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Campus wetland proposal provides students with a concrete project

By Andrew De Young

Seminar on Creation Stewardship is the required capstone course for all students in the environmental studies major at Dordt College. Taught by Dr. Robb De Haan, the seminar emphasizes sustainable, just living and tries to help students move from understanding and commitment to stewardly living. Members of the class spend the semester doing hands-on research and analysis of a campus or community stewardship issue and then make recommendations that they believe could lead to concrete action.

This year’s class presented the results of their project, titled “Restoration of a Wet Prairie Ecosystem on the Kuhl Century Farm” at Ideafest, an annual campus celebration of student academic work. The culmination of their semester’s work was a design proposal that could be implemented by the college.

The proposal, according to De Haan, concerns college property on the far south end of the campus, the former Kuhl farm. De Haan’s students designed a plan to use some of that land to restore a wetland ecosystem.

Jennie Van Velzen, Todd Rowenhorst, Emily Van't Hul, Christo Haarhof,  and Nate Sneider visited other wetlands as they worked on their project.

Jennie Van Velzen, Todd Rowenhorst, Emily Van't Hul, Christo Haarhof, and Nate Sneider visited other wetlands as they worked on their project.

“The wetland restoration was part of the plan before we became involved,” says De Haan. “My students weren’t the ones who came up with the idea—they simply looked at ways the college could make it happen.”

In order to do this, the students had to study, among other things, water flow and drainage on the property. They also considered what plant species they wanted to introduce to the restored ecosystem. These species include many prairie plants that are all but gone in a county drastically altered by modern agriculture.

“I found the work very enjoyable,” says Nate Sneider, one of the students presenting the proposal at Ideafest. “This, I think, has the potential for being implemented in the near future, and since I’ll be around for another three semesters, I hope to see the fruits of my labor.”

Sneider adds that he feels that the restoration project will be beneficial for “all communities involved,” both the Dordt and the larger Sioux County community.

De Haan echoes those sentiments, saying that the project has been and, hopefully, will be beneficial on a number of levels. His students were given a valuable chance to do what most Dordt professors call “service-learning”—a project that was both educational and of value to others. And De Haan says that the actual restoration, if implemented, will be of tangible value to Dordt College.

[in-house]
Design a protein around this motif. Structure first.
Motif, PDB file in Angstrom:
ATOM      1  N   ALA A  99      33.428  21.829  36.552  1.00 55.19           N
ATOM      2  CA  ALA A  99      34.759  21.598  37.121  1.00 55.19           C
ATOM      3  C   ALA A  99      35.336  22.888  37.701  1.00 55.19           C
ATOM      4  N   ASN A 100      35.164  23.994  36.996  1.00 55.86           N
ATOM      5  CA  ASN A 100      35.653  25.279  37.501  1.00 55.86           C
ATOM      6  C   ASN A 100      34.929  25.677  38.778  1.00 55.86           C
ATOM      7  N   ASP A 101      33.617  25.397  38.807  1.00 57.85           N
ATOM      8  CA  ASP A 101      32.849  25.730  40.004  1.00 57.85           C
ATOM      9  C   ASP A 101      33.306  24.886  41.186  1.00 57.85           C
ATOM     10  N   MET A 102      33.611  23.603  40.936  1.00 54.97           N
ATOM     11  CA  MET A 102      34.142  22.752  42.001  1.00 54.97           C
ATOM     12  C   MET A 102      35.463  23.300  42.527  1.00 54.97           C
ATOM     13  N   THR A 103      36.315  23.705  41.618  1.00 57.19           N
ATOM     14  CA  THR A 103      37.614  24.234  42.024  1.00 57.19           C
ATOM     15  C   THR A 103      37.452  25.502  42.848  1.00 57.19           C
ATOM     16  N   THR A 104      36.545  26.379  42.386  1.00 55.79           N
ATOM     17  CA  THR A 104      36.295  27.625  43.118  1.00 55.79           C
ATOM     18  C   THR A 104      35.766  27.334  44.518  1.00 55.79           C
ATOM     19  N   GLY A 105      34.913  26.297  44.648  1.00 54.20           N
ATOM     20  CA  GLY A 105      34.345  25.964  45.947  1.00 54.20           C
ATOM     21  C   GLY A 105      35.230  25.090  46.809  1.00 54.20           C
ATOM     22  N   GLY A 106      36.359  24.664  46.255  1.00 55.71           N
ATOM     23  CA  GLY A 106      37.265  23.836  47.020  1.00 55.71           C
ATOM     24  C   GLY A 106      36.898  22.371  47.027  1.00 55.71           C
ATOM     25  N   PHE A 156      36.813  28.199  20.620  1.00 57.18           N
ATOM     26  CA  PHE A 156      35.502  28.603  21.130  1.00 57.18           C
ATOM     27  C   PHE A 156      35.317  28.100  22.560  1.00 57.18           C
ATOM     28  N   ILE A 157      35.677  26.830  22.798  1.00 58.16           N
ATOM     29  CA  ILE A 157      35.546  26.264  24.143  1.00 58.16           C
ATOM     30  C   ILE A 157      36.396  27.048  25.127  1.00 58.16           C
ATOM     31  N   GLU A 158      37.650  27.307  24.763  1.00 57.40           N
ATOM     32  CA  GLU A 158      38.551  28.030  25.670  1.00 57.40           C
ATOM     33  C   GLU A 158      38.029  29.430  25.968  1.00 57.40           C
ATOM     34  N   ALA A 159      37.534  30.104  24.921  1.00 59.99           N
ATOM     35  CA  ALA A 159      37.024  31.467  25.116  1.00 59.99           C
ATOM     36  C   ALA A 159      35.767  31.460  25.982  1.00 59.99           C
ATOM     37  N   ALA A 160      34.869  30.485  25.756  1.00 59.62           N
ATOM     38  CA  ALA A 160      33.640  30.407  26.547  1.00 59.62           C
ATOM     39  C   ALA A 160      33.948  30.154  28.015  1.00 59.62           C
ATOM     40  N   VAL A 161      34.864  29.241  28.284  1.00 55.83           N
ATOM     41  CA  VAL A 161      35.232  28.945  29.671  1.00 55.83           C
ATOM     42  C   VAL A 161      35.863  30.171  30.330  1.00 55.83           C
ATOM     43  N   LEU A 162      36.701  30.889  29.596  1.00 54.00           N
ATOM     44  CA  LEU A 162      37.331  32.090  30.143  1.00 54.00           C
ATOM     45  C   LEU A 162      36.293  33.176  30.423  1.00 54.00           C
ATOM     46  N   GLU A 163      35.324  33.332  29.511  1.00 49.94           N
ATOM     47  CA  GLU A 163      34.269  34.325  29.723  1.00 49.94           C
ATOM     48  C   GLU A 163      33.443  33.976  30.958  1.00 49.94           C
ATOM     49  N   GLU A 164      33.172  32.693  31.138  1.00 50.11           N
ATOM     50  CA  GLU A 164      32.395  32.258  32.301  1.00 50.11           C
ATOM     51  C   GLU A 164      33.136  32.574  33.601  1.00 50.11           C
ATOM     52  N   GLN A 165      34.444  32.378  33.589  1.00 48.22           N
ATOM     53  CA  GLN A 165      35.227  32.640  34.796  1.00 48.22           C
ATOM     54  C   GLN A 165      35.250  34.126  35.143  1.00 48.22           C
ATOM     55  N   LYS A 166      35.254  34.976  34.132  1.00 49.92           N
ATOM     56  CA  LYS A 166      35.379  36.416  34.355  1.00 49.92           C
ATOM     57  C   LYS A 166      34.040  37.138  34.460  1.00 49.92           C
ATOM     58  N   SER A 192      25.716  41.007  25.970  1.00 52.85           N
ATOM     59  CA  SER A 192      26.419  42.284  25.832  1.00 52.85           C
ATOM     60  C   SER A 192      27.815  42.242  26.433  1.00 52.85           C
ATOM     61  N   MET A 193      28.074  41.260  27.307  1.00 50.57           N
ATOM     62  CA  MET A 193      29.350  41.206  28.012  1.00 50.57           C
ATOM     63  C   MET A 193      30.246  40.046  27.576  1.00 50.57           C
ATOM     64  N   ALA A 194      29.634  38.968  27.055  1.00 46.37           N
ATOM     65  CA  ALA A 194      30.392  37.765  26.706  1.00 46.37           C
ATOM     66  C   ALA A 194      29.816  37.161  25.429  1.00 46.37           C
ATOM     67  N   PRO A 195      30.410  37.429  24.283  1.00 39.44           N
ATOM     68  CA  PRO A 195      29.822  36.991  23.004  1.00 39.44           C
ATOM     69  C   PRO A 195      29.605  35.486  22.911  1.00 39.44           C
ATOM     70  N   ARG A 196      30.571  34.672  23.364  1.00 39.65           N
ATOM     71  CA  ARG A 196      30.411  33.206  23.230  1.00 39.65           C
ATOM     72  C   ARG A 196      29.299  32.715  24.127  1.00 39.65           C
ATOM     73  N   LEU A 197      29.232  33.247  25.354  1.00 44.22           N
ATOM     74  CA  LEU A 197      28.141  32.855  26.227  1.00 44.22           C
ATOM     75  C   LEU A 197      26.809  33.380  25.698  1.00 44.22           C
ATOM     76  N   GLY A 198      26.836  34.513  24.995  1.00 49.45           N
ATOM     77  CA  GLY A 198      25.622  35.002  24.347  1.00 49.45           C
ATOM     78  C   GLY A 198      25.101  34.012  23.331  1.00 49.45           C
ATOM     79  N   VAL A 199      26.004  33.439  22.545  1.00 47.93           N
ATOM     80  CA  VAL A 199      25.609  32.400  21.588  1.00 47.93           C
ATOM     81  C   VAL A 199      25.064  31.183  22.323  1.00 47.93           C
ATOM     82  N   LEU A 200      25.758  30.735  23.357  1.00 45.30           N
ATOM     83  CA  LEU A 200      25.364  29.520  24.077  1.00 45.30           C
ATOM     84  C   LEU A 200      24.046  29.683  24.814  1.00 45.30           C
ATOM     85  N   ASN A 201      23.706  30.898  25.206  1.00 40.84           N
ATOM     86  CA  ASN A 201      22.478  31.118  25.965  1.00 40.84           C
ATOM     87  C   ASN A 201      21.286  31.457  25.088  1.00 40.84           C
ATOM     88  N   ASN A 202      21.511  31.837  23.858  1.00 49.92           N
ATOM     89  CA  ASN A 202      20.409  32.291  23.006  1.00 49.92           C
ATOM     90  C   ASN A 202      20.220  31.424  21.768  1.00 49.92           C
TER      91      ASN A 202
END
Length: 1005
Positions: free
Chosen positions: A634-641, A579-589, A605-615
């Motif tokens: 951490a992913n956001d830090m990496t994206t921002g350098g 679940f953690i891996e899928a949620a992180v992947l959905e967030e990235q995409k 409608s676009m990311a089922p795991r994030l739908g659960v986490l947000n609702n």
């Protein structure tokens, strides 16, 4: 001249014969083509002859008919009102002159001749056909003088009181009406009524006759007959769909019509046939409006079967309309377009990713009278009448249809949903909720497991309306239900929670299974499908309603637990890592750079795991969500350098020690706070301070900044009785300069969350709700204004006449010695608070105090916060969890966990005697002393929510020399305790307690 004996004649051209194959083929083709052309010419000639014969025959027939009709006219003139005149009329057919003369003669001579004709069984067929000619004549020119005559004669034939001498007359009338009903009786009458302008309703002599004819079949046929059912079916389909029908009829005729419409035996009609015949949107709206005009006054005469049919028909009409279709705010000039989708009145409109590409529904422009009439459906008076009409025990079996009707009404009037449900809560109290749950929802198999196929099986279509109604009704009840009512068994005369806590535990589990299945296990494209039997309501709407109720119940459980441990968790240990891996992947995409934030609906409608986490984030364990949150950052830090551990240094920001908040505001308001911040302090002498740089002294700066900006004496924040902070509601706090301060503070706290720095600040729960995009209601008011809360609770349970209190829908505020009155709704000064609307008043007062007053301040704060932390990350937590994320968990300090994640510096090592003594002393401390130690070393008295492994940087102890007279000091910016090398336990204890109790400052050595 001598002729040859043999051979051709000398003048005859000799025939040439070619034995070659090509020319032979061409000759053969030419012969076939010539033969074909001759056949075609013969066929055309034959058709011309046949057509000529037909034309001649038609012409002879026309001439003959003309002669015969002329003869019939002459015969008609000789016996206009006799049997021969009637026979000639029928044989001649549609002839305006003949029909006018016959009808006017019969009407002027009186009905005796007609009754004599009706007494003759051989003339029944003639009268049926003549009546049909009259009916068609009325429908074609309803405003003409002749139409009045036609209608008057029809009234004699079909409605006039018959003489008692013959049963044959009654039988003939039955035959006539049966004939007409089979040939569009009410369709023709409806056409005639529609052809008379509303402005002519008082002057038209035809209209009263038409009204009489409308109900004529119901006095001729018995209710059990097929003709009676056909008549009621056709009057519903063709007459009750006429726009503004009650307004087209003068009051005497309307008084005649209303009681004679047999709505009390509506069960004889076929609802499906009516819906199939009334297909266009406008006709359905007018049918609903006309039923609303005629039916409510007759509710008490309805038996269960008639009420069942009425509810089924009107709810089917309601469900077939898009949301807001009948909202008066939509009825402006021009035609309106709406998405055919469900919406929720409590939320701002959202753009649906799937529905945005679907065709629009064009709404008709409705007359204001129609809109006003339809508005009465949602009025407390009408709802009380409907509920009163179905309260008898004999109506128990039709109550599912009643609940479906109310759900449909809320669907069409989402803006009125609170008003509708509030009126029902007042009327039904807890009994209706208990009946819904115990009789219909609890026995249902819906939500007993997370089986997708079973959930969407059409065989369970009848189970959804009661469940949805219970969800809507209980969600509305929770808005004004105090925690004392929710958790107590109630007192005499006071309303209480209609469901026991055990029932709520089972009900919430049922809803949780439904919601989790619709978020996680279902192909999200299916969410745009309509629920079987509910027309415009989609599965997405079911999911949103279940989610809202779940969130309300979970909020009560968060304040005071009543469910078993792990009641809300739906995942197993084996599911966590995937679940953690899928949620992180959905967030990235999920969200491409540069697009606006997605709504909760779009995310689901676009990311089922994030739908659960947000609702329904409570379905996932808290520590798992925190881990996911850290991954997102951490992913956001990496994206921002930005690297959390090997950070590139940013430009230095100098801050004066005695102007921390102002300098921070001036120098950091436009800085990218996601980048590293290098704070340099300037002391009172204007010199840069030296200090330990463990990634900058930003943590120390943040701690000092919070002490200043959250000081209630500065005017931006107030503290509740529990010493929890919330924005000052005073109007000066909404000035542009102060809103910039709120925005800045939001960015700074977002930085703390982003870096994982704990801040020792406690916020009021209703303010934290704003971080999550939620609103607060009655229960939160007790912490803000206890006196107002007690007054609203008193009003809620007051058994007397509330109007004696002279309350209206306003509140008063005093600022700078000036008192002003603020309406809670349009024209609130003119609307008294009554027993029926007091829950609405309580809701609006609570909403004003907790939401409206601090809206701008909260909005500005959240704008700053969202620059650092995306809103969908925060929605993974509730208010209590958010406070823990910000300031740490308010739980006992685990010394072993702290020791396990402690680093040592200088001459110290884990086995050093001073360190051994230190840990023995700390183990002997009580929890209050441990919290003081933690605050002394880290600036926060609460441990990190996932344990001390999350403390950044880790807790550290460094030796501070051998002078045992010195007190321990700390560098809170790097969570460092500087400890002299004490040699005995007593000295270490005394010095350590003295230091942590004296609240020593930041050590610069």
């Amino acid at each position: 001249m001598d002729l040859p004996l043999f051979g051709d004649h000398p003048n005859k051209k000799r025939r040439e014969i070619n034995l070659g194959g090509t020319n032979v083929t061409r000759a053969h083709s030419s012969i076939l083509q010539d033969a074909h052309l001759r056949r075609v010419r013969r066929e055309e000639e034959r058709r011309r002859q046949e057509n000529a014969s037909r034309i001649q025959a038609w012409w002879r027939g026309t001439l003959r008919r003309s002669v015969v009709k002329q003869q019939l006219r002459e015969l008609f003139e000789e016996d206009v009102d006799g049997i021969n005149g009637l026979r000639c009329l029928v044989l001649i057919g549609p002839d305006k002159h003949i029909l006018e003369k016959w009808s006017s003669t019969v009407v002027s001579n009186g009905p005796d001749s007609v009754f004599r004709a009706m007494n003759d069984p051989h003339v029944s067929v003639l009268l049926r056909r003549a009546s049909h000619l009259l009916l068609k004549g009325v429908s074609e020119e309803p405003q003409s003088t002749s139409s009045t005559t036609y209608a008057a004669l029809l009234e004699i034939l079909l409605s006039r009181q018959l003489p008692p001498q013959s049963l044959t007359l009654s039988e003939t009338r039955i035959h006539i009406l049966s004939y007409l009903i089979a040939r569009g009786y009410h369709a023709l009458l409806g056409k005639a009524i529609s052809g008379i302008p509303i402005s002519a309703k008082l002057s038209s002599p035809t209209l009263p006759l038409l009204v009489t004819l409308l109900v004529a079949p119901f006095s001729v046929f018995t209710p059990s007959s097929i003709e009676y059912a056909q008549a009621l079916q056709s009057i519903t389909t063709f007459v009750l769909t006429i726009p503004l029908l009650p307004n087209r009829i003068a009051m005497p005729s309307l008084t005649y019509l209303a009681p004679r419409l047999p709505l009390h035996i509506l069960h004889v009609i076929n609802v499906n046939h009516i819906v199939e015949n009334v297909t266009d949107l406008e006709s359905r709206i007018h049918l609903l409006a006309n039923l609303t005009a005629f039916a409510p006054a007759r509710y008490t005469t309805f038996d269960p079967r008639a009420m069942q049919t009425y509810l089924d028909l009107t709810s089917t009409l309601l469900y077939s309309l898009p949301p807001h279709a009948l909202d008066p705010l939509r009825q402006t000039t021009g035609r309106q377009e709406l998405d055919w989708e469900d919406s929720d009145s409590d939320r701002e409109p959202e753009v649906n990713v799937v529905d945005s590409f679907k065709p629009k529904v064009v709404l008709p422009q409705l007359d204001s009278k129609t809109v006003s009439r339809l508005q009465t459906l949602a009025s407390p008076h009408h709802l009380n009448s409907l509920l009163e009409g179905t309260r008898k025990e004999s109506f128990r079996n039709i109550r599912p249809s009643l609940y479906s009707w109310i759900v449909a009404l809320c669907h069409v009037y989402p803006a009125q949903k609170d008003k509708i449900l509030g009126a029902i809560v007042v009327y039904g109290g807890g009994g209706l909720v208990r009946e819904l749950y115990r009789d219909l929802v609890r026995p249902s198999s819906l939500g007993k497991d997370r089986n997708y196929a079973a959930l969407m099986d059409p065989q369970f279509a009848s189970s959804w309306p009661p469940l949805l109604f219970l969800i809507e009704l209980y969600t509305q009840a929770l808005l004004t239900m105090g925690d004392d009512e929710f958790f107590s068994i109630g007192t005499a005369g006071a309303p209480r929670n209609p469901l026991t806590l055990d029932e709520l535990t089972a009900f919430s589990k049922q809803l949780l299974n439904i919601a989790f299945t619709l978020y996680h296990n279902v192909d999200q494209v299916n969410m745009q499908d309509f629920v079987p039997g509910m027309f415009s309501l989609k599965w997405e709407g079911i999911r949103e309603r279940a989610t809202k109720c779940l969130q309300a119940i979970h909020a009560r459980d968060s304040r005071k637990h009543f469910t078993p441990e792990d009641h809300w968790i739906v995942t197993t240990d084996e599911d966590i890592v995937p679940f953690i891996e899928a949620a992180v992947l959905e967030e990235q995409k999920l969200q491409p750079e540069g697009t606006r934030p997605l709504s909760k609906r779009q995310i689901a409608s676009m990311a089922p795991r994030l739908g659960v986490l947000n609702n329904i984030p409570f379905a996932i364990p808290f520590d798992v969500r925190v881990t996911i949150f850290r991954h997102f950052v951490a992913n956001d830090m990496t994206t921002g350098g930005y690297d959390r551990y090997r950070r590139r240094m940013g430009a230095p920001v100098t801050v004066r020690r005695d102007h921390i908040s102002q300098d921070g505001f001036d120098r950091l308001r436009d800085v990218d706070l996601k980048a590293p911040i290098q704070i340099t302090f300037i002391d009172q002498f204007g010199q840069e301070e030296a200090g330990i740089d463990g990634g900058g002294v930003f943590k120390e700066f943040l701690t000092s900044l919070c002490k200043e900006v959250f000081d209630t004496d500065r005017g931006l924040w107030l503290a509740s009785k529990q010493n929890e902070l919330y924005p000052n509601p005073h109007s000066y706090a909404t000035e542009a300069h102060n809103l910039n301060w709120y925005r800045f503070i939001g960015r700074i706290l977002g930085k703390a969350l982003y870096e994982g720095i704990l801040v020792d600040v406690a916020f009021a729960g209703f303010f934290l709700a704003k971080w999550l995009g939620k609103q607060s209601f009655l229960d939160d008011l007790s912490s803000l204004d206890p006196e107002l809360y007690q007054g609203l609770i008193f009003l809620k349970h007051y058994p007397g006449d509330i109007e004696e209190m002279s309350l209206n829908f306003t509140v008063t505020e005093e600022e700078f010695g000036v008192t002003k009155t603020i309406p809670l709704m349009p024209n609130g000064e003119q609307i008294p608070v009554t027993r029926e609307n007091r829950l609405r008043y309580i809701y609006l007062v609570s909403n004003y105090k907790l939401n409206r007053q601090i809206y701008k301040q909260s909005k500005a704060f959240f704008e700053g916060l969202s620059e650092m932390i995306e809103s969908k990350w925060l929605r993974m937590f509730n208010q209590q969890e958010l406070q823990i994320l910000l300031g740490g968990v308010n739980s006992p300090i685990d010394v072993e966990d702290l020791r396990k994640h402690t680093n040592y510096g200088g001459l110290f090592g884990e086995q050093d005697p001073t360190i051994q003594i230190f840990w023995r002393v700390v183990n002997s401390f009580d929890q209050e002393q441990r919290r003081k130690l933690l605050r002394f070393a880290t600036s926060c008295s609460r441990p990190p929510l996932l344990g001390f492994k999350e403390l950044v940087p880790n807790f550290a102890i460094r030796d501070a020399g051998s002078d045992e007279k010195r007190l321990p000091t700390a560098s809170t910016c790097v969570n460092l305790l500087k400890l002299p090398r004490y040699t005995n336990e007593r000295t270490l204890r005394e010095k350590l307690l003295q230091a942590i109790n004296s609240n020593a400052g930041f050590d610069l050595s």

“The wetland could provide educational opportunities for Dordt students for many years down the road,” he says. “Future classes can spend time seeing how the ecosystem has developed—seeing how many species are thriving there or even introducing new species.”

He adds that the educational opportunities extend beyond environmental studies majors. If proper signage and labeling were added, he believes that students in a general biology course or even students from one of the local schools could learn a great deal from the ecosystem.

More broadly, De Haan encourages these kinds of restoration projects because they are so close to his heart. Living in Sioux County, he says, is often difficult for a teacher of environmental studies.

“This area has been quite altered by agriculture, and there are ecosystems that disappear as a result,” he says. “As Christians, we are called to take care of the plants and animals that are part of God’s creation. Hopefully we can give some of them a place to thrive.”

You might call it “environmental evangelism,” the teaching of Christian stewardship by example. De Haan hopes that the wetland restoration will provide inspiration for local businesses or other colleges that might want to do the same thing.

Both he and his students have high hopes, but as Sneider says, “Even if this is not fully implemented, I believe that much of our work was beneficial to open up ideas and discussions for the community.”

Sharing ideas and wrestling with issues of Christian stewardship together—that was the point of both the course and Ideafest. De Haan and his students see their presentation as a valuable first step.



Environmental studies students see value of policy making

Denise Swager met with her congresswoman from the state of Washington while in Washington D.C.

Denise Swager met with her congresswoman from the state of Washington while in Washington D.C.

Professor Fred Van Geest’s Environmental Policy class continued an annual tradition by going to Washington D.C. The purpose of the yearly trip, according to Van Geest, is to “immerse the students in the real world of environmental policy making, from a Christian perspective.”

The trip’s activities were planned in part by Peter Illyn, the head of a Christian environmental organization called Restoring Eden. The students listened to various presentations about drilling for oil in the Arctic National Wildlife Refuge, received training on how to lobby, and made appointments with representatives in the House and Senate to voice their concerns about environmental issues.

“The effect of lobbying is hard to measure,” says Van Geest. Still, he finds the trip to be a valuable one. “For students, there was value in exercising their citizenship responsibilities, and in expressing a Christian perspective on an environmental policy issue.”